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Your Next AI Startup Should Be Built on Temporal [Part 2: Prompt Engineering]

Discover why your Large Language Model (LLM) app should be built with Temporal. Learn how to inject context and prompts seamlessly for smarter responses.

Kevin Phillips

Kevin Phillips

Director of Backend Development

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Welcome to part two of our series about using Temporal to improve the reliability of applications built around Large Language Models (LLM) like the one that powers ChatGPT. Part one explained how to build a Temporal Workflow to process a series of documents and make them accessible to your LLM. This post will show how to develop a Temporal Workflow to find documents relevant to a user’s query and supply them as context to a prompt sent to the LLM using Context Injection. You’ll also learn how Temporal's abstraction will make your application more reliable and make it easier for you to extend it with new features.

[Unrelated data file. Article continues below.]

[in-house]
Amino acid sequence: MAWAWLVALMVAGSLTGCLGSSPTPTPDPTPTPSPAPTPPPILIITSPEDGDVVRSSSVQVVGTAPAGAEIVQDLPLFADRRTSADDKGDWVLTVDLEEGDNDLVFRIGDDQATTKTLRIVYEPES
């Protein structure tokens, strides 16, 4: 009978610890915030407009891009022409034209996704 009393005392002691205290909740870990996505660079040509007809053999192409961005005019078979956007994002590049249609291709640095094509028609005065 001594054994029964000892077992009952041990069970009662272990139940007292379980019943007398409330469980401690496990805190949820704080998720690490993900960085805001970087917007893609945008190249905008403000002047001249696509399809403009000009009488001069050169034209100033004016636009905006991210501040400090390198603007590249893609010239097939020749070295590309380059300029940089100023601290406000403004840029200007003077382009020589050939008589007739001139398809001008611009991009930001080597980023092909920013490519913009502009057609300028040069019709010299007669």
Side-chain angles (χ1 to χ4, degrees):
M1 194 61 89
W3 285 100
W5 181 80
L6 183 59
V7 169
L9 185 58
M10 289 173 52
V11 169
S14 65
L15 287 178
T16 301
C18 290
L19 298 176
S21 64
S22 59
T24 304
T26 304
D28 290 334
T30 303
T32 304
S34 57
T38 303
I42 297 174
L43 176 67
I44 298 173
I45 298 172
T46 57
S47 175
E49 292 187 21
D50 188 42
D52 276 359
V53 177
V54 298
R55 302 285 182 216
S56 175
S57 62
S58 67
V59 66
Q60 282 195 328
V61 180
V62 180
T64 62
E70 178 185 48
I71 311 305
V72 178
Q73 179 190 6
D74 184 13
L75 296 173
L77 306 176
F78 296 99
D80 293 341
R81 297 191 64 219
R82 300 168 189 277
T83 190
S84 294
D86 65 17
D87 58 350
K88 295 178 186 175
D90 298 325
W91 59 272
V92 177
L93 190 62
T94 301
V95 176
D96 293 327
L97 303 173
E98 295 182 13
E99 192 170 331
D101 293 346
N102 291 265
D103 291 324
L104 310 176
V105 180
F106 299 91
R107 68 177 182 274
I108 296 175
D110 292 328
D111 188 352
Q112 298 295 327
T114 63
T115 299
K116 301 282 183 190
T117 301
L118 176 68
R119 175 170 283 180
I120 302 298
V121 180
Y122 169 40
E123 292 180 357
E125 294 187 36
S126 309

Context Injection

Context Injection is one technique in a broad category known as prompt engineering. Because OpenAI’s GPT model is general purpose, you need to provide your LLM with the specific information you want it to reference and include in its responses.

In our example, we want our LLM to be able to provide users with information about Hatchify, a Bitovi open source project. For example, if a user asks, "How do I create a schema where each Todo item belongs to a single user?" we would include all of the documentation related to belongsTo relationships along with the user’s query:


Context Injection Example

This example will compare a user’s prompt to the embeddings created in the previous post, which were generated for the Hatchify documentation. It will then include the most relevant documentation along with the user’s prompt when sending the prompt to the GPT model.

Note: This example is written in TypeScript, but Temporal also supports Python, Go, Java, .NET, and PHP. All of these code samples have been simplified for readability. The complete code can be found on GitHub.